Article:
Water Scarcity and the Namib Beetle

Water Scarcity and the Namib Beetle

Water scarcity is a global problem. From Flint Michigan and California in the United States of America to Chennai, India and Cape Town, South Africa, 12 out of 17 countries with the highest water stress are in the Middle East and North Africa.

Flooding, contaminated groundwater, and water stress affect every corner of the globe. When a natural disaster strikes whether a hurricane, tsunami, earthquake or forest fire. Reliable and clean sources of water are on the list of top resources to find and secure.

Water stress
Increased global water stress. Source: Philippe Rekacewicz, Feb 2006 | UNEP

Water Scarcity

Significant droughts, an increase in demand and a low reservoir reserve are all factors that contribute to a severe water crisis. There are an abundant number of activities that consume water. We use this precious resource to sustain life (cooking and drinking), maintain agriculture, sanitation, transportation and energy formation.

Several human-made deliberate or accidental activities contribute to the contamination of water. Oil spills, plastic waste dumping, overfishing. Leaching of industrial chemicals, heavy metal bioaccumulation in marine wildlife.

Additionally, waste deposited at sea is a major problem. This waste includes raw sewage, radioactive waste and dredged material. Furthermore, wasting food is equivalent to wasting water because we are wasting the resources used to produce food.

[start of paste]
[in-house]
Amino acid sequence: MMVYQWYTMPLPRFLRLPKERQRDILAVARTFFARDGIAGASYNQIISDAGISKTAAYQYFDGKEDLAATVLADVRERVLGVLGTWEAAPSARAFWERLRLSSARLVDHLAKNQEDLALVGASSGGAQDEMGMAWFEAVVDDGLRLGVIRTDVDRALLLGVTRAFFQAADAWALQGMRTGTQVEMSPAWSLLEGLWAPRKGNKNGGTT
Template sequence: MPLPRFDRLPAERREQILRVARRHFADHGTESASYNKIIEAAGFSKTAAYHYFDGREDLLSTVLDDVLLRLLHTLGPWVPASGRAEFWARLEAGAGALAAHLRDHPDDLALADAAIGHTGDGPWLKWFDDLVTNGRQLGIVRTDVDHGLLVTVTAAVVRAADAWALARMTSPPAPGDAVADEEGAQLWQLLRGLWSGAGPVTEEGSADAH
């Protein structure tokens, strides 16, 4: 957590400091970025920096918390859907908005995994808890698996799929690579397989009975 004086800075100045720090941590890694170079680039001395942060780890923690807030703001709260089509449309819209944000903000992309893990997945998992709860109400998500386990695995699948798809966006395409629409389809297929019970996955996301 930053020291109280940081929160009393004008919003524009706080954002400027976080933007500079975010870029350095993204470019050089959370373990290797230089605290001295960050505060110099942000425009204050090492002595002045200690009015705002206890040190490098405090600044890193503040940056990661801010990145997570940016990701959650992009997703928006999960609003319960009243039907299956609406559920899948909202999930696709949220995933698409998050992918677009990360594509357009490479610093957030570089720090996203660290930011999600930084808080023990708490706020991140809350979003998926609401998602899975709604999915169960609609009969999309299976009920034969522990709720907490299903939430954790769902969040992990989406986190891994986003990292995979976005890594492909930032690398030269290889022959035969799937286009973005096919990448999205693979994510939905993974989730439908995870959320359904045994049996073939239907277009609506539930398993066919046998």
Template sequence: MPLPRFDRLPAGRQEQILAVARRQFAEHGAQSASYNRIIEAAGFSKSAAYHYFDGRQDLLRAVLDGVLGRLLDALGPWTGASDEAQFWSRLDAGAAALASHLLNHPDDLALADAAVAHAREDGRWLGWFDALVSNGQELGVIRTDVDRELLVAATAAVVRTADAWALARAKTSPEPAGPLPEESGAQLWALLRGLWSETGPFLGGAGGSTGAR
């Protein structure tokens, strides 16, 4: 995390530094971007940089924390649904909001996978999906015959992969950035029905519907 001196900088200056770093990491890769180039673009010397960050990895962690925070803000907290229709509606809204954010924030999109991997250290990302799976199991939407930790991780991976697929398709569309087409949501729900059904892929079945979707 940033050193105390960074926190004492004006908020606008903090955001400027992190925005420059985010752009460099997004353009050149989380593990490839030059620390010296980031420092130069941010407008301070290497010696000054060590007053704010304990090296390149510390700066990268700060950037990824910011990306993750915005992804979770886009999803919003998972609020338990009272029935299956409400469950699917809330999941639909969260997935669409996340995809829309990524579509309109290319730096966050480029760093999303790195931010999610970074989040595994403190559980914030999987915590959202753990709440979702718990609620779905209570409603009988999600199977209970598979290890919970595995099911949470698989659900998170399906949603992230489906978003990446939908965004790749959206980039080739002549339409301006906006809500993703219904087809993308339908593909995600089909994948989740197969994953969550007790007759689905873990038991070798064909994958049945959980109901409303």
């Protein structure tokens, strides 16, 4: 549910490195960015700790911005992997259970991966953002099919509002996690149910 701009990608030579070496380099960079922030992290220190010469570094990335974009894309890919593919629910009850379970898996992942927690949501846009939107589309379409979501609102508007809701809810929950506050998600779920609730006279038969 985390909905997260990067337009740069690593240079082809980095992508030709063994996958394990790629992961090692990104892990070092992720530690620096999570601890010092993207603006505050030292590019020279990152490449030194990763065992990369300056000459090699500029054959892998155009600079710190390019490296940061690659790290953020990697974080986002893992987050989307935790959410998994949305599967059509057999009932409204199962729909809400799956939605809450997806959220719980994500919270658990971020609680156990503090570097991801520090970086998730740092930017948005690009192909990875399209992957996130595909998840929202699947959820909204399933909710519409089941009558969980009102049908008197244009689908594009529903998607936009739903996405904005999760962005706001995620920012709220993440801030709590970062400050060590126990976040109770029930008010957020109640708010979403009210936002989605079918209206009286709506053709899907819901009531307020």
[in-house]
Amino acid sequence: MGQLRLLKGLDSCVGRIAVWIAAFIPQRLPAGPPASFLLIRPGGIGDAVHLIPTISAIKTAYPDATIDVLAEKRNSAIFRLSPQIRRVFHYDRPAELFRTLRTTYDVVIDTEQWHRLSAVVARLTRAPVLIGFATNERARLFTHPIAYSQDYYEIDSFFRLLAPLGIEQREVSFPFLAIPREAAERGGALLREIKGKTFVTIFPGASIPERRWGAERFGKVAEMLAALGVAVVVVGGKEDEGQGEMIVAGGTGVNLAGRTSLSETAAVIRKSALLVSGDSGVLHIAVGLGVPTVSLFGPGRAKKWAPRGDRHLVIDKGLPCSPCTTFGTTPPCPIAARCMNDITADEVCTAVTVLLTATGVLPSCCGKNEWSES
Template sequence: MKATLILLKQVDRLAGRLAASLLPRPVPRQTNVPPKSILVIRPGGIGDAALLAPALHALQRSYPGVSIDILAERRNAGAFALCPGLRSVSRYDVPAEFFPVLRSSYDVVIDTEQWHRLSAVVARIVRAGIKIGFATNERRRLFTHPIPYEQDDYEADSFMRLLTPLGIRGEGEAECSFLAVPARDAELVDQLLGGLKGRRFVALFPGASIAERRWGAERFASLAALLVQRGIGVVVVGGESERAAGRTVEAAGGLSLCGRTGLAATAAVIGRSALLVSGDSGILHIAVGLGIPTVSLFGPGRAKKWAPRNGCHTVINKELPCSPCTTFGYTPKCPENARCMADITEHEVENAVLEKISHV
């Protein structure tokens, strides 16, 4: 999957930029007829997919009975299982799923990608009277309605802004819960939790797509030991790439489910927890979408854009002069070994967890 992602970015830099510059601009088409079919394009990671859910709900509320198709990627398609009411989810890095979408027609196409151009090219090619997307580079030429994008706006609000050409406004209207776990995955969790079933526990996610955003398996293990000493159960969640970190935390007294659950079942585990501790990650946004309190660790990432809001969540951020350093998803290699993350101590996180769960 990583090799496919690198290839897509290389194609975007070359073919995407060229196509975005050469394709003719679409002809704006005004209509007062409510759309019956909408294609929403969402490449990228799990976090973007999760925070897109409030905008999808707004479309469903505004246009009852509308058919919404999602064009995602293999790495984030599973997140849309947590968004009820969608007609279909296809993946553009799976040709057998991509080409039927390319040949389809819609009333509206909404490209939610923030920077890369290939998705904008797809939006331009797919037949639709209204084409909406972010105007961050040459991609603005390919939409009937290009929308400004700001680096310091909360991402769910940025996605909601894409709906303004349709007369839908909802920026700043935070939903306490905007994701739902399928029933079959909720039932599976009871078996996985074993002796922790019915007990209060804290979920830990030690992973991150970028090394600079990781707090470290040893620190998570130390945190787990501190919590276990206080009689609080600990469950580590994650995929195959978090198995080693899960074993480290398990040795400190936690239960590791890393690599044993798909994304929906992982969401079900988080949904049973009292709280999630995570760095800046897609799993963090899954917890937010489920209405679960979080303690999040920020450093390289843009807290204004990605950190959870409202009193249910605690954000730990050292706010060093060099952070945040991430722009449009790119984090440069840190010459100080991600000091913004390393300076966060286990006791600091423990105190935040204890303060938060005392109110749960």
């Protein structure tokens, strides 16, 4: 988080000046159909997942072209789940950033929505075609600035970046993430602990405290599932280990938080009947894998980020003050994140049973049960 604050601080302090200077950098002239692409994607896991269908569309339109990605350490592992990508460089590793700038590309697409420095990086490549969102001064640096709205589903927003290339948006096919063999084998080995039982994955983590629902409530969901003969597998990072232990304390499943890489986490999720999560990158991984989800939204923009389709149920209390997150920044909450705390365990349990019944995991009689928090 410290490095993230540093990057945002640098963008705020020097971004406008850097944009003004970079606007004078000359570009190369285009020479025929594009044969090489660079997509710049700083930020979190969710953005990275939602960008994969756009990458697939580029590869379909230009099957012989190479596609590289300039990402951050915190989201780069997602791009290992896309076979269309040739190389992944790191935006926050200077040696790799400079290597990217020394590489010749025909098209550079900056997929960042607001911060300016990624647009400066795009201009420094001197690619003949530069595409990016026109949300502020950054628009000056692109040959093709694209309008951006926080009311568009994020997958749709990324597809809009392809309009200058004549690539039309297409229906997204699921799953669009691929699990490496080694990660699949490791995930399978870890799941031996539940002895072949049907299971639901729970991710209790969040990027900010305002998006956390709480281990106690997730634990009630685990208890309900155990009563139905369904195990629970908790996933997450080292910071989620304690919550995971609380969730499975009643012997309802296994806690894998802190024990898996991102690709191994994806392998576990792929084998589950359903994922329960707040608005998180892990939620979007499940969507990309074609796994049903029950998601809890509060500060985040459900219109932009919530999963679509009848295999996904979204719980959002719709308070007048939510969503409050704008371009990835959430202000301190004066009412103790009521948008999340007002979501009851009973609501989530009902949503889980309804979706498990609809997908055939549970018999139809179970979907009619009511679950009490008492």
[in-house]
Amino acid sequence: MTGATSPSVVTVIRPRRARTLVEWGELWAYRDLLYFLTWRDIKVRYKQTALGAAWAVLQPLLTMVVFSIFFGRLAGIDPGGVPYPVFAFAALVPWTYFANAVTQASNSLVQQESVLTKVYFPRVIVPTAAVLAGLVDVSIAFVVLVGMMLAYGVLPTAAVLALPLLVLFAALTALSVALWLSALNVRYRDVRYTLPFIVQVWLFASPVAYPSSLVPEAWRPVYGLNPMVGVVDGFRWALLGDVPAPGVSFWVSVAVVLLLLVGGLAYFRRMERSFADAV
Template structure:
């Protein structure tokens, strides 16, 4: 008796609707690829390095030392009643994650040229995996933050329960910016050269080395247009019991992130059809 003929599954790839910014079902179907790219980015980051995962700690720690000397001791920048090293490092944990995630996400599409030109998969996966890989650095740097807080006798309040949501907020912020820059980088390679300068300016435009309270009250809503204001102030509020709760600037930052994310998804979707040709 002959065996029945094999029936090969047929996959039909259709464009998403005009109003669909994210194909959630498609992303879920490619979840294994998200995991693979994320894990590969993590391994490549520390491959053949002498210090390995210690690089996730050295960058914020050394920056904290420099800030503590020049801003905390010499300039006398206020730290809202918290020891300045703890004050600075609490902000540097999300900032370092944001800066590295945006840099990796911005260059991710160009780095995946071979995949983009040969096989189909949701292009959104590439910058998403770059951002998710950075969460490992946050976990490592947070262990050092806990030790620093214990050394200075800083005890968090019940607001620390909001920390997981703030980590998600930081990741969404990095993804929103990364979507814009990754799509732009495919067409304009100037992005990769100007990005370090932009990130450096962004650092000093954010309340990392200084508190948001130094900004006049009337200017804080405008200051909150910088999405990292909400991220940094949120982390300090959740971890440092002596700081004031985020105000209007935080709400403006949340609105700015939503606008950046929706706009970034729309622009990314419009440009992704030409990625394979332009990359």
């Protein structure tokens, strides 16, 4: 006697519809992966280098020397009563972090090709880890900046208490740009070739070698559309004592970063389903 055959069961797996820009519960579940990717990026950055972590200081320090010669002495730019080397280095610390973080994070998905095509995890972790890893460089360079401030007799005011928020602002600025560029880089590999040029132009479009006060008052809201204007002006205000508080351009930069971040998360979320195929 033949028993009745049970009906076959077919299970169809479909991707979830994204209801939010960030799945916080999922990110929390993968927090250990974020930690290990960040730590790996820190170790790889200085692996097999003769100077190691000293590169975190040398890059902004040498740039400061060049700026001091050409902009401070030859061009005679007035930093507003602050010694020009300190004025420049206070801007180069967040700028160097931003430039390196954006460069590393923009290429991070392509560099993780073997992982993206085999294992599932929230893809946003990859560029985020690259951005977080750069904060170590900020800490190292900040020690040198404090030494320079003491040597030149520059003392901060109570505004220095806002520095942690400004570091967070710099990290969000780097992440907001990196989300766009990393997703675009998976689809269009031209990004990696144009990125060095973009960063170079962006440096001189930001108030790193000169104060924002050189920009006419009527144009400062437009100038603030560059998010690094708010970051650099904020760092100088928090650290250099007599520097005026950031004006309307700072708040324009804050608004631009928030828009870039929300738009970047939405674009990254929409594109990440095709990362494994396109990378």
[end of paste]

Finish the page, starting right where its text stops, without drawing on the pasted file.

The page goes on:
Water stress
The multiple interfaces between water and food security and nutrition (HLPE, 2015). Source: Wiley Online Library

Inspiration from Nature

The Namib desert fogstand beetle (Stenocara gracilipes) is inspirational. This beetle survives by harvesting tiny droplets of fog water from the air.


There are many inventions to ease the growing stress caused by water scarcity.  Desalination of seawater, fog catching nets and solar water purifiers are just a few examples.

A few Viable AlternativEnergy articles related to water scarcity include: –

1. Contamination clean up –Flood Control – Pop Up Dam, Hair for Oil Spill and Algal Bloom to Algae as Fuel and The Hunt and Recovery of Microplastics.
2. Purifying drinking water via Graphene Sieves – Desalination of seawater and Arsenic in Groundwater (using ferns to remove toxic in groundwater)
3. Agriculture – Nemo’s Underwater Garden and Ducks in rice paddies to reduce pesticides and fertilisers in farming.

This week’s article was inspired by Mos Def’s song  New World Water, from the Black on Both Sides album.

Feature Image:

water scarcity
Drought. Image: _Marion | Pixabay

Share:

Share on facebook
Share on twitter
Share on pinterest
Share on linkedin

Leave a Reply

Share:

Share on facebook
Share on twitter
Share on pinterest
Share on linkedin

Pages of interest

You Might Also Like

Green products awards

Green Products Awards 2021

At Viable AlternativEnergy  “green” (sustainable/ recyclable/ alternative) projects, products and ideas “give us life”. People who create and design new products with these concepts in

Flood control

Flood Control – Pop Up Dam

The Water-Gate Barrier acts like a pop up dam. It can be used for flood control and toxic spills with very minimal infrastructure. Watch this

power of soap

The Power of Soap

Let’s take a few minutes to appreciate the power of soap. Over the past few weeks, health ministries around the world have inundated us with

Synthetic organic chemistry fumehood

BioCellection – Chemical Recycling

BioCellection is an advanced recycling technology company based in California. Globally, only 9% of plastics are recycled.  The remaining 91% goes to landfills, incinerators, or

You Might Also Like